Daniel explained that Nebuchadnezzar’s Babylonian Empire was symbolized by the head of gold, followed by the rise and fall of other empires, including the Medo-Persian Empire (silver), the Greek Empire (bronze), and the Roman Empire (iron). This prophetic vision revealed the course of world history and God’s ultimate sovereignty over nations.

3. Fiery Furnace and Nebuchadnezzar’s Madness (Chapters 3-4)

In chapters 3 and 4 of the Book of Daniel, we encounter two significant events. First, the story of Shadrach, Meshach, and Abednego, Daniel’s friends, who refused to worship a golden statue that Nebuchadnezzar had erected. As a result, they were thrown into a fiery furnace but miraculously survived, unharmed, by God’s intervention.

The second event involves King Nebuchadnezzar himself. He experienced a period of madness or insanity, during which he lived in the wild like a beast. This happened because he had become prideful and failed to acknowledge the God of Israel as the supreme ruler. After a period of suffering and humiliation, Nebuchadnezzar eventually repented and recognized God’s authority, regaining his sanity and praising God.

Daniel refuses to eat the kings food

4. Belshazzar’s Feast and the Writing on the Wall (Chapter 5)

Chapter 5 of the Book of Daniel recounts the story of Belshazzar’s feast, which took place many years after the reign of Nebuchadnezzar. Belshazzar, the king of Babylon, hosted a lavish banquet where he used sacred vessels taken from the Temple in Jerusalem to drink wine and praise his idols.

During the feast, a mysterious hand appeared and wrote on the wall of the royal palace. The king and his wise men were unable to decipher the writing. In a state of panic, Belshazzar called for Daniel, who was known for interpreting dreams and visions.

Daniel interpreted the writing as a message from God, foretelling the imminent downfall of the Babylonian kingdom. The message, “Mene, Mene, Tekel, Upharsin,” meant that Belshazzar’s reign had been weighed and found wanting, and that the kingdom would be divided and given to the Medes and Persians.

That very night, the Medo-Persian forces led by Cyrus the Great conquered Babylon, and Belshazzar was killed. This event marked the end of the Babylonian Empire and the beginning of the Medo-Persian rule.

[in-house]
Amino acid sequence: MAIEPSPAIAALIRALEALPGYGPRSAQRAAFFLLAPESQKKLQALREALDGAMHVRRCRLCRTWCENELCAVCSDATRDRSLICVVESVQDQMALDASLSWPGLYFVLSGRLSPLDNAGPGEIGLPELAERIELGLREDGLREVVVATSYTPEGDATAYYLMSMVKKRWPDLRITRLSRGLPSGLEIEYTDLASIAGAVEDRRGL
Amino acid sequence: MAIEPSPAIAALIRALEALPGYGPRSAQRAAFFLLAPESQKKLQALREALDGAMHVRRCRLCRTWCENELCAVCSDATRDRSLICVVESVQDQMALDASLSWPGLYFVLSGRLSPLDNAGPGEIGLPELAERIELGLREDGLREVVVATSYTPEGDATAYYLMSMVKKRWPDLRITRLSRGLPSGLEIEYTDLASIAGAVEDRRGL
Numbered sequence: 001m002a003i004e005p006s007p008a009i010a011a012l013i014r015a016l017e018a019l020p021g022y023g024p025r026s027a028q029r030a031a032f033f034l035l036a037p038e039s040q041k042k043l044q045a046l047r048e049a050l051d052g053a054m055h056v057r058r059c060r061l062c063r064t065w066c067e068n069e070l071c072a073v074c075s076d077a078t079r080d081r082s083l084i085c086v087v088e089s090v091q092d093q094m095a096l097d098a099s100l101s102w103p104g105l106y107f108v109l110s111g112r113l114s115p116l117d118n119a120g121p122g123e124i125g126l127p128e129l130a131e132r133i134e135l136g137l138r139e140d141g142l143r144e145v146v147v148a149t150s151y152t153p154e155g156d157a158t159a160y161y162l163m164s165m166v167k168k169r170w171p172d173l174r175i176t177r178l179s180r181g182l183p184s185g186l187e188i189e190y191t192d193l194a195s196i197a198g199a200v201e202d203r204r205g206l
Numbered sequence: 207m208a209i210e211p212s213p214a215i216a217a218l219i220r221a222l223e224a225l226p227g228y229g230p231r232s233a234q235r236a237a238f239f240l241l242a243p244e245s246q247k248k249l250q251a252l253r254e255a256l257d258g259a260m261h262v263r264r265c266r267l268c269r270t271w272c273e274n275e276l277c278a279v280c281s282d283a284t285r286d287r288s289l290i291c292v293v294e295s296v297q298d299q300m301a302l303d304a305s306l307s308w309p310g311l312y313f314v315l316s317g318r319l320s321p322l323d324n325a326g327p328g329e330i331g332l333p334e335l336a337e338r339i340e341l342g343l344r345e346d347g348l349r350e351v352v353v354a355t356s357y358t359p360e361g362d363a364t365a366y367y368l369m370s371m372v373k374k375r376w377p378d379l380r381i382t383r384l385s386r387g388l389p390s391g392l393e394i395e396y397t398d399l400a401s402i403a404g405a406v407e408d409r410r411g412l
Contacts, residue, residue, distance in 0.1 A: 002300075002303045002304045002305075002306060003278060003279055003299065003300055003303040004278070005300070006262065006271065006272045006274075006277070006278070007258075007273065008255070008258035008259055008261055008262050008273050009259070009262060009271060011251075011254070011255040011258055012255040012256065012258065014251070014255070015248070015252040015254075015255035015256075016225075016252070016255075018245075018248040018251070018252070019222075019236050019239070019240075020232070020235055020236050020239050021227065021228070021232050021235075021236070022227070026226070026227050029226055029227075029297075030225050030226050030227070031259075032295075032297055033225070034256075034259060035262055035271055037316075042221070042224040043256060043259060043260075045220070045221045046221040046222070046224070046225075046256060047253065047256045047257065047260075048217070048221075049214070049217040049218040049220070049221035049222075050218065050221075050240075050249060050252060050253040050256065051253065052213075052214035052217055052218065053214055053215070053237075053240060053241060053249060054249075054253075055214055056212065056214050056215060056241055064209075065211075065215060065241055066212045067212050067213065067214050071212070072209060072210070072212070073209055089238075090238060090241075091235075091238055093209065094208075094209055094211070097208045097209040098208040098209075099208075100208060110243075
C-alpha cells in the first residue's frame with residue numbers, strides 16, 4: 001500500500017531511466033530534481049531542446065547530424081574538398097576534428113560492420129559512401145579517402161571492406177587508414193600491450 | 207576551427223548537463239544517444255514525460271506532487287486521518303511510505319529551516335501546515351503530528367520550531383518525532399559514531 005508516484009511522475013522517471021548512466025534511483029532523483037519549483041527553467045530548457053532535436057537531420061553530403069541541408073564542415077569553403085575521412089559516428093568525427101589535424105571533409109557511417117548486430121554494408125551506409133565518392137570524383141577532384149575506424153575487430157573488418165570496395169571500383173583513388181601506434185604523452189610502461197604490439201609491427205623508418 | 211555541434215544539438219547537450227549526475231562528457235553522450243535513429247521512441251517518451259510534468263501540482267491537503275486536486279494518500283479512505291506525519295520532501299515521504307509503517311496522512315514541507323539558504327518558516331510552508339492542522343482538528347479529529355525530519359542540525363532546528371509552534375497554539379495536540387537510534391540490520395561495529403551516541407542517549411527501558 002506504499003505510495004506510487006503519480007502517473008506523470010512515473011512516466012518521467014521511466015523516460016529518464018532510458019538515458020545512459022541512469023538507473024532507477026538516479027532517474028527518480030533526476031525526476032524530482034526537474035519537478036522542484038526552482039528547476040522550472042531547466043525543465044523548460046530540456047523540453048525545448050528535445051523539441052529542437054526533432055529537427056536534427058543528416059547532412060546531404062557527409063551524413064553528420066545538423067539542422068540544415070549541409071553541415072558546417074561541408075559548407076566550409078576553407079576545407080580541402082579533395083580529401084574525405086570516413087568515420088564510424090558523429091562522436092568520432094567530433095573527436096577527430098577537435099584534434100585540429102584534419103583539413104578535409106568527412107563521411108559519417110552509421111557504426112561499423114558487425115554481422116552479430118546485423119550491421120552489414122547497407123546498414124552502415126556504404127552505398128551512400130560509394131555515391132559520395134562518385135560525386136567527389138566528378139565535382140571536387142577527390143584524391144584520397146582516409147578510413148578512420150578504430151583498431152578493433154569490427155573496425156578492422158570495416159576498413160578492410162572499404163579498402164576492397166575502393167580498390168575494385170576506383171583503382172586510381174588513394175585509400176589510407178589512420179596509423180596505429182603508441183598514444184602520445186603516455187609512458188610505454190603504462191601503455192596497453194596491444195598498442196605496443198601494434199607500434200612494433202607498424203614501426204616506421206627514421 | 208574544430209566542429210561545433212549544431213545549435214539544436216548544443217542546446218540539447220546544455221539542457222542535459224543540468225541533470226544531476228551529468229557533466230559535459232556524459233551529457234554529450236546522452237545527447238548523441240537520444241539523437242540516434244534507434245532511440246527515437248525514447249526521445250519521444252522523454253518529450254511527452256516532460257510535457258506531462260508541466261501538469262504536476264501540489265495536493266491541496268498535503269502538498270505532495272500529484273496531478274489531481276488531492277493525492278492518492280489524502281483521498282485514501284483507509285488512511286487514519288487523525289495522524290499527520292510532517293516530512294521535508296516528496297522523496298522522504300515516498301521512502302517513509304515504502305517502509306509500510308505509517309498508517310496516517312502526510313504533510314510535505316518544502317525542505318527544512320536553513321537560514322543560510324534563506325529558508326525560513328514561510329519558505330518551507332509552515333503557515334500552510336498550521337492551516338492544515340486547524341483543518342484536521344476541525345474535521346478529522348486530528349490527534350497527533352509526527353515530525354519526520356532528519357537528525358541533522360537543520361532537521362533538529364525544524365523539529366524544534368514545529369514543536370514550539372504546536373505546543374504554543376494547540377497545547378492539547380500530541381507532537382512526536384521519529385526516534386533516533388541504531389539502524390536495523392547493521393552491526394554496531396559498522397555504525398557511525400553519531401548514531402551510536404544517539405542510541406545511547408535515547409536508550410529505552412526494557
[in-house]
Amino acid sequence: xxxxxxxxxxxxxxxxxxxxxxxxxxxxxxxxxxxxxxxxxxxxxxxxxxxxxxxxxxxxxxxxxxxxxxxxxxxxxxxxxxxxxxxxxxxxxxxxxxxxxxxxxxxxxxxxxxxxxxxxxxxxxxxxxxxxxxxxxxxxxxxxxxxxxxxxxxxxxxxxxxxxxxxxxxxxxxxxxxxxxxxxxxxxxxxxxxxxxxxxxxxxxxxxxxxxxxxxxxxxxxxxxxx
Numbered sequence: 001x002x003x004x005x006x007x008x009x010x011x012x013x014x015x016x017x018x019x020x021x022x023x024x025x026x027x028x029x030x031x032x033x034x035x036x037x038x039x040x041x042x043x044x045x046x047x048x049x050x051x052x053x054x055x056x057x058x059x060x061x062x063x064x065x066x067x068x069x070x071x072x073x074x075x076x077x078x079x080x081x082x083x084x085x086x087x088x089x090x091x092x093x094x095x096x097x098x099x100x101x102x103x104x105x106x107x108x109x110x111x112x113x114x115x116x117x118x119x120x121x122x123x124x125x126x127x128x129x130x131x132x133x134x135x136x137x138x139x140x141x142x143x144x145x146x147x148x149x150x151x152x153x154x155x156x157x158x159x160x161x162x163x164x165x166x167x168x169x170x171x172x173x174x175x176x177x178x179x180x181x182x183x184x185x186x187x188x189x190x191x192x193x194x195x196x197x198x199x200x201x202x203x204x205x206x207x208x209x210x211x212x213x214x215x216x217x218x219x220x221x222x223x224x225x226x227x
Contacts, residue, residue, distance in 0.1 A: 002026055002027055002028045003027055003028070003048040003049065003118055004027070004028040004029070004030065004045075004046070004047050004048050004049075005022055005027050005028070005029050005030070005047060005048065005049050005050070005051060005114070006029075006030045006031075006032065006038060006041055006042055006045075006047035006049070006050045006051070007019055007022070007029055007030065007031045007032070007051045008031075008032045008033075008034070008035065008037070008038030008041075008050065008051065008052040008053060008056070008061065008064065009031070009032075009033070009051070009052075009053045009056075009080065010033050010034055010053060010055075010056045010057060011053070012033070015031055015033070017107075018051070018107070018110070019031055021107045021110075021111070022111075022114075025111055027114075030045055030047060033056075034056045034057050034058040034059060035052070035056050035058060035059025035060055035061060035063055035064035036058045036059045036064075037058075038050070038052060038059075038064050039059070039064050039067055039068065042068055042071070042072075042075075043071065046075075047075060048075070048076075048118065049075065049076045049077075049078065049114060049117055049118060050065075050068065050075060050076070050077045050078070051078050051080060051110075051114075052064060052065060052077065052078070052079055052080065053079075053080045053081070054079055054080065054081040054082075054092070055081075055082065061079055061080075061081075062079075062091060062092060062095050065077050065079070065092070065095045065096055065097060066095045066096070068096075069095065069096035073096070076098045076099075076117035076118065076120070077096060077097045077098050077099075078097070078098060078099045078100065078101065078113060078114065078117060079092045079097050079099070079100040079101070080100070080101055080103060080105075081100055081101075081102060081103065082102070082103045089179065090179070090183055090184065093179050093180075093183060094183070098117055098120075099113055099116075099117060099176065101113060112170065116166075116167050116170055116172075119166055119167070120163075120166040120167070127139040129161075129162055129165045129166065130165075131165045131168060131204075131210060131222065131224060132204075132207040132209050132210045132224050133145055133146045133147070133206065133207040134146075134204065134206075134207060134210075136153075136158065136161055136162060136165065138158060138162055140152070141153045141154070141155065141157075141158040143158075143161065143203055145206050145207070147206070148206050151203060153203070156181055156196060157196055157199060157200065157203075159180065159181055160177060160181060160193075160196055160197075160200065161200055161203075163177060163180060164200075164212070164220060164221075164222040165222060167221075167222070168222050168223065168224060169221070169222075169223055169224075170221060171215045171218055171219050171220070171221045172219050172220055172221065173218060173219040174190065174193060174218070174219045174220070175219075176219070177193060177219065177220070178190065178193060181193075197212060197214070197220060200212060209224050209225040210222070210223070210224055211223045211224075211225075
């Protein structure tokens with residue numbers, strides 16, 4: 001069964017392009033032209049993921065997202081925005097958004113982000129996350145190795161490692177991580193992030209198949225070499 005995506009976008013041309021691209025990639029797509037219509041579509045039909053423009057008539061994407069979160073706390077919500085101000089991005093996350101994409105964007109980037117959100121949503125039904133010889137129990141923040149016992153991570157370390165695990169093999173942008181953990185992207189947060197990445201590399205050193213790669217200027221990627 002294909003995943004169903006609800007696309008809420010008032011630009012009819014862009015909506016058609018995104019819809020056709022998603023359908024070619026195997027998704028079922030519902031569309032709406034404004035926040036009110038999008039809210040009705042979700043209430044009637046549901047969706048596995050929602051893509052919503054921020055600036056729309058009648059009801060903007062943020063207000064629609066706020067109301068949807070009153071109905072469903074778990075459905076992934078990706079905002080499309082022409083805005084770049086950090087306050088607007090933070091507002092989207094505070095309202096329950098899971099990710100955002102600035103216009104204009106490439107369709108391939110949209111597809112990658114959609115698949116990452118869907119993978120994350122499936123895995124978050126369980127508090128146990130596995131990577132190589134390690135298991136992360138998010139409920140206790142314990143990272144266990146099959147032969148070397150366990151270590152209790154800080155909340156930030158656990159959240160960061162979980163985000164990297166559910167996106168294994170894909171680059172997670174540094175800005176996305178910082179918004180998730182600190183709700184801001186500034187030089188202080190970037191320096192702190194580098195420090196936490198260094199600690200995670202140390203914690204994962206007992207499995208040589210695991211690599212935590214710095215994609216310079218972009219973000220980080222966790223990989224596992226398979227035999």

5. Daniel in the Lion’s Den (Chapter 6)

In Daniel chapter 6, we encounter a famous story of Daniel being thrown into a den of lions. Darius the Mede, the new ruler of the empire after the fall of Babylon, appointed Daniel as one of three administrators. His integrity and faithfulness made him a target of envy and jealousy among the other officials.

Daniel’s adversaries devised a plot to have King Darius issue a decree forbidding prayer to any god or man except the king for 30 days. Knowing that Daniel prayed to his God regularly, they caught him in the act and reported it to the king.

Despite his deep distress, King Darius was bound by his own decree and ordered Daniel to be thrown into a den of lions. However, God miraculously protected Daniel, and the lions did not harm him. The next morning, the king found Daniel unharmed and declared faith in the God of Daniel.


6. Visions and Prophecies of Daniel (Chapters 7-12)

Chapters 7 to 12 of the Book of Daniel contain a series of prophetic visions and revelations given to Daniel. These visions provide insight into future events and the ultimate triumph of God’s kingdom.

One of the most famous prophecies in the book is the “Seventy Weeks” prophecy in Chapter 9, which foretells the coming of the Messiah and the destruction of Jerusalem. It has been a subject of much interpretation and debate among scholars.

Other visions include symbolic imagery of various beasts representing future kingdoms and a vision of a “Son of Man” who receives dominion and authority from God.

7. Later Life of Daniel

The Book of Daniel does not provide detailed information about Daniel’s later life or his death. However, it suggests that he continued to serve in various administrations under different rulers, including those of the Medo-Persian Empire.

Daniel’s faithfulness, wisdom, and his ability to interpret dreams and visions made him a trusted advisor in successive empires, and his story continues to be a testament to his unwavering devotion to God throughout his life.